We would find them just by looking. Pretty much anywhere you live there are interesting locations if you keep your eyes open and seek them out. In terms of payment, no we never paid to shoot at any of them. We just showed up and shot the scenes. It’s not really in the rules of Zen Filmmaking but it probably should be, no filming permits, no location rentals.

Let’s talk about a couple of the recurring scenes throughout the film.

Okay.

In three different screens you have the same interaction with three different girls where they kiss you and say they’ve been hurt. How did that come about?

Just Zen.  We actually did the interior shot of that scene first and I really didn’t like it. I thought we wouldn’t use it. So we did it again later, outdoors with Camille. A bit later in the filming we needed a scene to do with an actress Robin Kimberly and I was really tired. I had been up partying all night the night before and it was getting late in the day. I just grabbed at something to do. So we shot it again. At the time I figured when we put the movie together we would choose between one of the three. It was actually Chris when he was editing Toad Warrior that he put all three of the scenes in the film. I thought that was genius.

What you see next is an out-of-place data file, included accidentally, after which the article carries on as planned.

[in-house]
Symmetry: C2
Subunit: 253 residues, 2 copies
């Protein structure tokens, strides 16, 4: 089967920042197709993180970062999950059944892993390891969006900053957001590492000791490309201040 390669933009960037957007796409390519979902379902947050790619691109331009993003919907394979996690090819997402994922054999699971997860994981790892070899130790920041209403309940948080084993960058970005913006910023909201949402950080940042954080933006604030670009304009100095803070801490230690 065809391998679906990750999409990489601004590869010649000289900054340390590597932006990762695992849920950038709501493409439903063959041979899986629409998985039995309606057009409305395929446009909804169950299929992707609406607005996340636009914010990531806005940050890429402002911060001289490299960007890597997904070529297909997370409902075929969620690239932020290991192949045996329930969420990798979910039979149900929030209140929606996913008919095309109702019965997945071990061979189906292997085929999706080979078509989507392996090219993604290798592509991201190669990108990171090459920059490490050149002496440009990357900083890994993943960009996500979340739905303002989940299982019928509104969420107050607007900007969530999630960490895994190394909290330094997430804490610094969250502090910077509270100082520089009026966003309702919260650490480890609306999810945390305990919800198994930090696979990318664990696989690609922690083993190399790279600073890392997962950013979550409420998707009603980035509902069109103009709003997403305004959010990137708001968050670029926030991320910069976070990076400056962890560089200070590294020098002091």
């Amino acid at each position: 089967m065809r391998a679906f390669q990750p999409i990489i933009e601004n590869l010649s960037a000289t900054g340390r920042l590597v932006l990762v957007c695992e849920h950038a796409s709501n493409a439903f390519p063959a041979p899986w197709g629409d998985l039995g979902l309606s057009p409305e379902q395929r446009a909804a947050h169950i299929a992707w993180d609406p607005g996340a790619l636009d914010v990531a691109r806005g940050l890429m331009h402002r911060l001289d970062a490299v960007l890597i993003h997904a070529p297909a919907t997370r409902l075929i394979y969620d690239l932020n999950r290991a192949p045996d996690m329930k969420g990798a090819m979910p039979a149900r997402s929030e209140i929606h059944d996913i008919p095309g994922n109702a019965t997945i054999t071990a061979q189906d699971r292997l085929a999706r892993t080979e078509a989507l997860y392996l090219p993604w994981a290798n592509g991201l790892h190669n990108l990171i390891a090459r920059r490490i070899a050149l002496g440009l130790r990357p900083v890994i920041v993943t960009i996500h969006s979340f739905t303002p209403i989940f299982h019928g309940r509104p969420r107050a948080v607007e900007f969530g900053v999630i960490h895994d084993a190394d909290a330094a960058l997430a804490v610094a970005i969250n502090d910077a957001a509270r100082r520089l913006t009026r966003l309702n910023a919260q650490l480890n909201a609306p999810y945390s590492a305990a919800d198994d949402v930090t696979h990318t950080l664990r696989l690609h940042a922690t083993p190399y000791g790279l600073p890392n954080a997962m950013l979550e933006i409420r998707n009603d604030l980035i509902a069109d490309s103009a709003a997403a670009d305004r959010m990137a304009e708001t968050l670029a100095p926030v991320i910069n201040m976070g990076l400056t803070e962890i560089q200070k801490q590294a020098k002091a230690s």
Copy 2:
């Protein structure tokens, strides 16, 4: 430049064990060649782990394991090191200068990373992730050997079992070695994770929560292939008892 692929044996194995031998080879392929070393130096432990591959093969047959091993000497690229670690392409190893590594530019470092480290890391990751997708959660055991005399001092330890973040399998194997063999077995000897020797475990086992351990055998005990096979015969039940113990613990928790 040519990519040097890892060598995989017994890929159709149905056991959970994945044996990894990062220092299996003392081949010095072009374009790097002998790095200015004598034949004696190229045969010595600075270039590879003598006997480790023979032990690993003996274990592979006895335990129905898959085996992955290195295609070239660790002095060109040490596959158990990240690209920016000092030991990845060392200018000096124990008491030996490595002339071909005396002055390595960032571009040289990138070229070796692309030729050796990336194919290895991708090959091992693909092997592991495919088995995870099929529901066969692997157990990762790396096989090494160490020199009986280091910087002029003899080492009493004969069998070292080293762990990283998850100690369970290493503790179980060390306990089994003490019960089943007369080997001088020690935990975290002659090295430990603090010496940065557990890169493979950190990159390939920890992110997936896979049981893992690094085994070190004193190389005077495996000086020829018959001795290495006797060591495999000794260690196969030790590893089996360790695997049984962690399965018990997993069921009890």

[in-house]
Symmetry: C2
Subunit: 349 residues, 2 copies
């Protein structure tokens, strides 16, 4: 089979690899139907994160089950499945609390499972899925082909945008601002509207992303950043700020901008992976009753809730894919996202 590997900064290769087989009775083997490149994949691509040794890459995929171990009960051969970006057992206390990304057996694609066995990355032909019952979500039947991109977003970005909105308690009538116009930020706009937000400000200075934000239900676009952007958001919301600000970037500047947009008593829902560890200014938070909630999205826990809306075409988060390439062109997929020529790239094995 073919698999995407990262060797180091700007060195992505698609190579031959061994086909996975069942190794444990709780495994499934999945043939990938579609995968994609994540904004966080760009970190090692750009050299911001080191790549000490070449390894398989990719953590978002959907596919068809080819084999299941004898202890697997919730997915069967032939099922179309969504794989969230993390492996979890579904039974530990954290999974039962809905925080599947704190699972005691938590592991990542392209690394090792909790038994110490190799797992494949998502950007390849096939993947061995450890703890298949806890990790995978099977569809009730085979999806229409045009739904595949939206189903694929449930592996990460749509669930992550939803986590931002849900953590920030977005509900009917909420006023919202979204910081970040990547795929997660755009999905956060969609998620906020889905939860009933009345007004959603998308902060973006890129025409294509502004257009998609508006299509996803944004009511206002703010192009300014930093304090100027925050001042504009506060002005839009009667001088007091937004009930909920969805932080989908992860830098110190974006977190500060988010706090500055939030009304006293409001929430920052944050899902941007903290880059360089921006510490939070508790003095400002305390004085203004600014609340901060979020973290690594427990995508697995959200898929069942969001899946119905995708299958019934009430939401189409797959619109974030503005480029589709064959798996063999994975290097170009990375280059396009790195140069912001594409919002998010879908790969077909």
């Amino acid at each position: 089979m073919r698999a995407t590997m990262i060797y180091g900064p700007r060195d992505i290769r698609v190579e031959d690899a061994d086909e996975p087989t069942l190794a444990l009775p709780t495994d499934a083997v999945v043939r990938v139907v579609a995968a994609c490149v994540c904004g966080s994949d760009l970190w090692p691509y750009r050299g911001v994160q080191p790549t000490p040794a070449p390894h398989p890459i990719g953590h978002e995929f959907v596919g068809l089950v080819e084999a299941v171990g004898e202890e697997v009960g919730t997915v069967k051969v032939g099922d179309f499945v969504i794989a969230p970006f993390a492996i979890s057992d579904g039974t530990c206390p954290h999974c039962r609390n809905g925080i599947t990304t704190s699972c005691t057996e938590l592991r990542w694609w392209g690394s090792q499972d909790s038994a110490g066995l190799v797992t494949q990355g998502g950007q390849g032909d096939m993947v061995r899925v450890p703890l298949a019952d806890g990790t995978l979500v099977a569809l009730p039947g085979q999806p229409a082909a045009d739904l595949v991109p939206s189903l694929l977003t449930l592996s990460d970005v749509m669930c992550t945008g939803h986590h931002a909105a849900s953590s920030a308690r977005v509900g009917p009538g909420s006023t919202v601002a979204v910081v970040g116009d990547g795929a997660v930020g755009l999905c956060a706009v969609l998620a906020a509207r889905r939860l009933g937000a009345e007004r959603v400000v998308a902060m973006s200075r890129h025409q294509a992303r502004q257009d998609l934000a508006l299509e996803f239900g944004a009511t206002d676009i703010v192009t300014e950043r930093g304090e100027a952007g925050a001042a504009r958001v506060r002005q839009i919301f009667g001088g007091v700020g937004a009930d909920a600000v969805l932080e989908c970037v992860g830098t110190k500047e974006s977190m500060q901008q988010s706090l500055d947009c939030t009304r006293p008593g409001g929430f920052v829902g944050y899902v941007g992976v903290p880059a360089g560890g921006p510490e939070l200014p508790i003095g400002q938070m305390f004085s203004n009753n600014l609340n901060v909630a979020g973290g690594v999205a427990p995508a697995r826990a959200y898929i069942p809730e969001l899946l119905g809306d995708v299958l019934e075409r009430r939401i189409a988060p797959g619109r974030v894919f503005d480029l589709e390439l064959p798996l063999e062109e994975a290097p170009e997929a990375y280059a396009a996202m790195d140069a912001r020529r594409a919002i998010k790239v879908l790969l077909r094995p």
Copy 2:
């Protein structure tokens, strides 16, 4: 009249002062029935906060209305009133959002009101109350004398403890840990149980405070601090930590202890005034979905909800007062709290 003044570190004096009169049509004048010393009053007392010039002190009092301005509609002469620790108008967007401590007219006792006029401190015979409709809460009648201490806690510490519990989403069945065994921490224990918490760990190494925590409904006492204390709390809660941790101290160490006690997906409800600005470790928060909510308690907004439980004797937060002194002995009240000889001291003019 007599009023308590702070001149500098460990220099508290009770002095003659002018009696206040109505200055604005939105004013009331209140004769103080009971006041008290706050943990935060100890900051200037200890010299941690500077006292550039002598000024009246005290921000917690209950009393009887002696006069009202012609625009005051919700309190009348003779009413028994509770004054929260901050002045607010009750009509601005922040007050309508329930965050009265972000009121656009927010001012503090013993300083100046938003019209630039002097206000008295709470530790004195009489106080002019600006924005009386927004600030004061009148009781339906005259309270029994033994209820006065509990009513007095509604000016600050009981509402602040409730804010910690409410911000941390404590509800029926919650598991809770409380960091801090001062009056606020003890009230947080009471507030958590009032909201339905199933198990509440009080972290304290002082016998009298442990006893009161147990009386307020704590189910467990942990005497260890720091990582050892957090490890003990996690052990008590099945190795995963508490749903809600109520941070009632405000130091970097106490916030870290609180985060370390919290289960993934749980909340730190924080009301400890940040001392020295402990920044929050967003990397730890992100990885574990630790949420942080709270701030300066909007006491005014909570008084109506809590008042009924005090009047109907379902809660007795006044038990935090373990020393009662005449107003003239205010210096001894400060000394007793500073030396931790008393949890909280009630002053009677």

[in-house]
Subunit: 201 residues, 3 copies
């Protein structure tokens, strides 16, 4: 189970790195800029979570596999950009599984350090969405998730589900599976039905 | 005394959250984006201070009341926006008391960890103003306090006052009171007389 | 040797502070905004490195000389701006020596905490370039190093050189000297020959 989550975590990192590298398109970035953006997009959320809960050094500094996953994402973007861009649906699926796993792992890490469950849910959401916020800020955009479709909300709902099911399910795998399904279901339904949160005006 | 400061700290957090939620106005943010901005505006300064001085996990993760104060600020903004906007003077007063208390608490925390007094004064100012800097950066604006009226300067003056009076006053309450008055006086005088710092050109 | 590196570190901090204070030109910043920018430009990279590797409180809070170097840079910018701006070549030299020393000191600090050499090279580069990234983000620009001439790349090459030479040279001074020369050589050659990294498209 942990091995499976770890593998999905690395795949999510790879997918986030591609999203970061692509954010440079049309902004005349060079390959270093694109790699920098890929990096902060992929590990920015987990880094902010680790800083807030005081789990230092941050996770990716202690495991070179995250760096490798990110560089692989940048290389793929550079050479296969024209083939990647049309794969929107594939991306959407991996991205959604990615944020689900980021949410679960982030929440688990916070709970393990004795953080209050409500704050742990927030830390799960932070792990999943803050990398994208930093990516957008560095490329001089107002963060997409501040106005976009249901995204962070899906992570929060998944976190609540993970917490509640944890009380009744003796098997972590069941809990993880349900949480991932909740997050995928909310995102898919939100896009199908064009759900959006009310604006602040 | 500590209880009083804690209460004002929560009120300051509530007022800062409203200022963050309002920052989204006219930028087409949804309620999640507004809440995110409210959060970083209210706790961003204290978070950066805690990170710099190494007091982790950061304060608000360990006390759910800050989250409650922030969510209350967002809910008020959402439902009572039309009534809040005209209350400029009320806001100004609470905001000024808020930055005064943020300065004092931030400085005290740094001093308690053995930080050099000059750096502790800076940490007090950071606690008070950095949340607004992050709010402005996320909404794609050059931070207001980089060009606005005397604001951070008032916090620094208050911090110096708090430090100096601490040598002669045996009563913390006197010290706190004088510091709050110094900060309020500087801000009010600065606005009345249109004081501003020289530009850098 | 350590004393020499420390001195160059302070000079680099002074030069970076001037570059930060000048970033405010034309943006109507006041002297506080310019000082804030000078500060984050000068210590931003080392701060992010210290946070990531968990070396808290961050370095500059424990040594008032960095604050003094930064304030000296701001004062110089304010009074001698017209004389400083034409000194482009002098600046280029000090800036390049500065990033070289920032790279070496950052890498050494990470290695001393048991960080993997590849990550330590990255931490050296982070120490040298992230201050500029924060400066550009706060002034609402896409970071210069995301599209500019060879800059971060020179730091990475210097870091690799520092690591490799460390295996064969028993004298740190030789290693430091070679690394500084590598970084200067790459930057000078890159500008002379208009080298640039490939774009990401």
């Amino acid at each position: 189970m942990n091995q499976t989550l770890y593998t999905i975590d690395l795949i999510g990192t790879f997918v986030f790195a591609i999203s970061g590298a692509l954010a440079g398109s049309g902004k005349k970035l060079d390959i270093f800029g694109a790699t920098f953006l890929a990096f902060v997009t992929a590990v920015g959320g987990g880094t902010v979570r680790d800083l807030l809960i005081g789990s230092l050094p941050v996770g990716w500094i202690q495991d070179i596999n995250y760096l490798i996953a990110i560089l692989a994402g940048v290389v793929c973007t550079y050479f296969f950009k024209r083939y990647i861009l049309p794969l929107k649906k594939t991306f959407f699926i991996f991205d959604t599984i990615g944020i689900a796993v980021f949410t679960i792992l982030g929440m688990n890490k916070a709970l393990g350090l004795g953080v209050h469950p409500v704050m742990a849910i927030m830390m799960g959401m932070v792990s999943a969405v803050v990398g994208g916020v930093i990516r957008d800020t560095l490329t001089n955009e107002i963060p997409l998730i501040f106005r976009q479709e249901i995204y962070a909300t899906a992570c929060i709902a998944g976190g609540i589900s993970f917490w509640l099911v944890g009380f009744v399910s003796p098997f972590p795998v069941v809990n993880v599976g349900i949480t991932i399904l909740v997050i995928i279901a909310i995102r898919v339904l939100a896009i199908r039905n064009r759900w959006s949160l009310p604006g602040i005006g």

There are also several times in the movie where you face off with an opponent and you charge at each other with swords on top of a hilltop at sunset. Why was that scene used multiple times?

First of all, check it out, that is not always the same scene used over and over again. There were several takes of that scene. That’s the thing about Zen Filmmaking there is always tons of subtle elements that you really need to look for if you hope to truly understand the movie. In terms of why we filmed that scene it was a combination of a tribute to Kurosawa and a throwback to Roller Blade Seven where we have that great scene where my character charges towards the ninja and once I cut him he spurts all that blood high into the air. The reason why the scene is used multiple times is that it was a great transitional element between other scenes.